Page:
Service of Shadows stirs deep emotion
Those walking in darkness have seen a great light.
The haunting strains of Barber’s Adagio for Strings played as nine candles flickered in the breeze from ceiling fans during the Tenebrae Service of Shadows for Christ Church Cathedral, Darwin, on Tuesday evening.
The warmth and aroma of the candles created an enveloping cocoon as the congregants sat silently, hearts burning inside us as the music soared to its plangent climax. The rainbow colours of the stained glass window shimmered vividly in the darkened cathedral and time slowed as we pondered what Jesus had to go through during the last week of his earthly ministry. The immortal dies – who can explore his strange design!
“The service of worship tonight is taken from an early Christian service for Holy Week called Tenebrae. Tenebrae is the Latin word for darkness or shadows,” Dean Rob Llewellyn said in his introduction to the service.
“Tonight we will seek to meditate on Christ’s pain and suffering – although for us it is only a tiny glimpse – as we hear Matthew’s narrative of the day of the crucifixion, in the light of the prophecies of Isaiah 53.”
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It was so moving to consider the depth of the emotional, physical and spiritual pain that Jesus went through.
There were seven readings and it was wonderful to hear the national accents of each of the readers – American, South African, Indian, Australian, British – reflecting the marvellous truth that the gospel truly is for everyone.
After each reading, beginning with the song of Zechariah from Luke 1 and continuing with the passion according to the Gospel of Matthew, the Dean extinguished another candle until only a single candle, considered a symbol of our Lord, remained.
As it grew gradually darker, it was so moving to consider the depth of the emotional, physical and spiritual pain that Jesus went through during his crisis in Gethsemane, followed by his arrest, trial, betrayal and crucifixion.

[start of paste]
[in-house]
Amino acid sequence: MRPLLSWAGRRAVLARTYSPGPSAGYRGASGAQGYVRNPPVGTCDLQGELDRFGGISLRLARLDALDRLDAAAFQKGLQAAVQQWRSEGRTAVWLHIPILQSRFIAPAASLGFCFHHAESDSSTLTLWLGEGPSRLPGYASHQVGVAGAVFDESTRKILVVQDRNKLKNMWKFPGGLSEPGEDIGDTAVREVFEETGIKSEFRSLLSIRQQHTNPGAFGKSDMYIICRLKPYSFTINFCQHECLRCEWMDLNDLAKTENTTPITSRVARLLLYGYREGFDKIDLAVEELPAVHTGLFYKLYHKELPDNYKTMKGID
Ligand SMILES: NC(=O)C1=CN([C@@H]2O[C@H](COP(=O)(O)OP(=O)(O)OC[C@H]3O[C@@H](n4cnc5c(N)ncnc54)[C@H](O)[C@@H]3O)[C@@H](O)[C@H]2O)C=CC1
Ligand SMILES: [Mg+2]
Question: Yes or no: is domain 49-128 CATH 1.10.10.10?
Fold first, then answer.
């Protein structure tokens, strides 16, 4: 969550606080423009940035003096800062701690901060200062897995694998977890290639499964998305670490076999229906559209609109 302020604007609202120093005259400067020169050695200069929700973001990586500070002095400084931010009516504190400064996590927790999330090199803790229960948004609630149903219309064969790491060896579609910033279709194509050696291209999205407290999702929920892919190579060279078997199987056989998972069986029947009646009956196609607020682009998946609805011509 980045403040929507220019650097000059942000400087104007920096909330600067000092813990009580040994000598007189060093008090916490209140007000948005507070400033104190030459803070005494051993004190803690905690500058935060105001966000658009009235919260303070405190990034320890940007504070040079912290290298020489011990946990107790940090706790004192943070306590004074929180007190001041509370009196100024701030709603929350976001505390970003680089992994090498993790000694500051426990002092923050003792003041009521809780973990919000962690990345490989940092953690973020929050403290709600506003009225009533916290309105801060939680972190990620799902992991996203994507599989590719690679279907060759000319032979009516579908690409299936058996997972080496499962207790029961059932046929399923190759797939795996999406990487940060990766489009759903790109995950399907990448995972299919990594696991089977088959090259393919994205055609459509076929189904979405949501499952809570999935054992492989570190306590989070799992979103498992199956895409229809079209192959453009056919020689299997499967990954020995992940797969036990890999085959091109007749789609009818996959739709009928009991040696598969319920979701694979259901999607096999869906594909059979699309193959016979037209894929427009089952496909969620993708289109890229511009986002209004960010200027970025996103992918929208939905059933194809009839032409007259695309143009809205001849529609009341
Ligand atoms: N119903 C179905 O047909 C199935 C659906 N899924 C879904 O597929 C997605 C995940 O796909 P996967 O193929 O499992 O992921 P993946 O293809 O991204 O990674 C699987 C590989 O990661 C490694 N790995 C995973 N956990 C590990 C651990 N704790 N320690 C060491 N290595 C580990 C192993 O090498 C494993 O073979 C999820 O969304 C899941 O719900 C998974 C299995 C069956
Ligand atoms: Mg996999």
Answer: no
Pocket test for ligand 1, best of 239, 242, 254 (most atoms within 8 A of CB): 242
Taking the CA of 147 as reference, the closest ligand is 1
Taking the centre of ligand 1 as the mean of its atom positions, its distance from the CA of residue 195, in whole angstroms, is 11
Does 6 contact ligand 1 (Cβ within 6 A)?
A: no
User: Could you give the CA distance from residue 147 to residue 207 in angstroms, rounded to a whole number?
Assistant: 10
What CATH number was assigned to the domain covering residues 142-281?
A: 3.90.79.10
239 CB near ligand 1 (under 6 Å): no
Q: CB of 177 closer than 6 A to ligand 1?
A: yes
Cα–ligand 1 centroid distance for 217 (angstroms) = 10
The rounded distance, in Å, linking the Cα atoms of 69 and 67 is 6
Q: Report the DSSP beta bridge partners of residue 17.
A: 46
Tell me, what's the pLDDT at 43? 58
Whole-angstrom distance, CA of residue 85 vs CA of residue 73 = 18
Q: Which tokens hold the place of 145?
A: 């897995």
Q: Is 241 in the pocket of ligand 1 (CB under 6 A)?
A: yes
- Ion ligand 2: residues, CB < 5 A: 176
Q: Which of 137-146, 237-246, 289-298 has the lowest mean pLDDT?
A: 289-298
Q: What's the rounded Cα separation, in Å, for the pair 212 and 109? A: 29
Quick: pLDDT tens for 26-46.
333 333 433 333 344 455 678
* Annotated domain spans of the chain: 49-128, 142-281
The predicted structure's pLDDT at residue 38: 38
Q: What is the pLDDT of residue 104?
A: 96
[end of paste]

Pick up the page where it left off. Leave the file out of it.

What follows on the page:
The weight of our sin and the significance of his sacrifice were emphasised by readings from Isaiah 53 about God’s suffering servant – a man of sorrows, acquainted with grief. Despised and held in low esteem. Unjustly condemned, bearing the iniquity of us all.
After the reading in which Peter denies Jesus three times, there was a profound silence as each of us felt the weight of agony that this beloved disciple was left in as Jesus was led away to be condemned.
Then the response brings relief:
By the tender mercy of our God, he will give light to those in darkness and guide us into his peace.
“His blood be on us and on our children!” Oh, the irony! Yes, his blood is on us – and by his blood we are healed.
After the “Shadow of Trial” reading – in which Pilate reluctantly gives in to the crowd, releases Barabbas and sends Jesus to be flogged and crucified – the sixth candle was extinguished, followed by the sound of a hammer and three nails into wood.
I reflected again on the cry of the crowd: “His blood be on us and on our children!” Oh, the irony! Yes, his blood is on us – and by his blood, we are healed.
After the last candle was extinguished, the Christ candle was removed to signify the apparent victory of the forces of evil over good.
Then a loud percussive noise was heard, symbolising the earthquake at the time of his death (Matthew 27) and resurrection (Matthew 28:2). This was followed by the sound of cloth ripping, representing the temple curtain being torn apart and making the Holy of Holies exposed to public view.
“This is understood to represent God’s change towards us,” Llewellyn said. “Now we have direct access to him, no longer requiring the sacrifices of the priests, but one perfect sacrifice for our forgiveness of sins.”
I felt tears welling for those who won’t accept Jesus.
As the final symbol, the small but persistent flame of the Christ candle was returned to its place before the altar, in anticipation of the joy of ultimate victory.
As the soft but stirring sounds of the Adagio for Strings returned amid this single light, I felt tears welling for those who won’t accept Jesus as the perfect sacrifice for their sins, seeking false security in other ways to be right with God. Why else, I wonder, would God go to the extreme of sacrificing himself for our sake if there was any other way?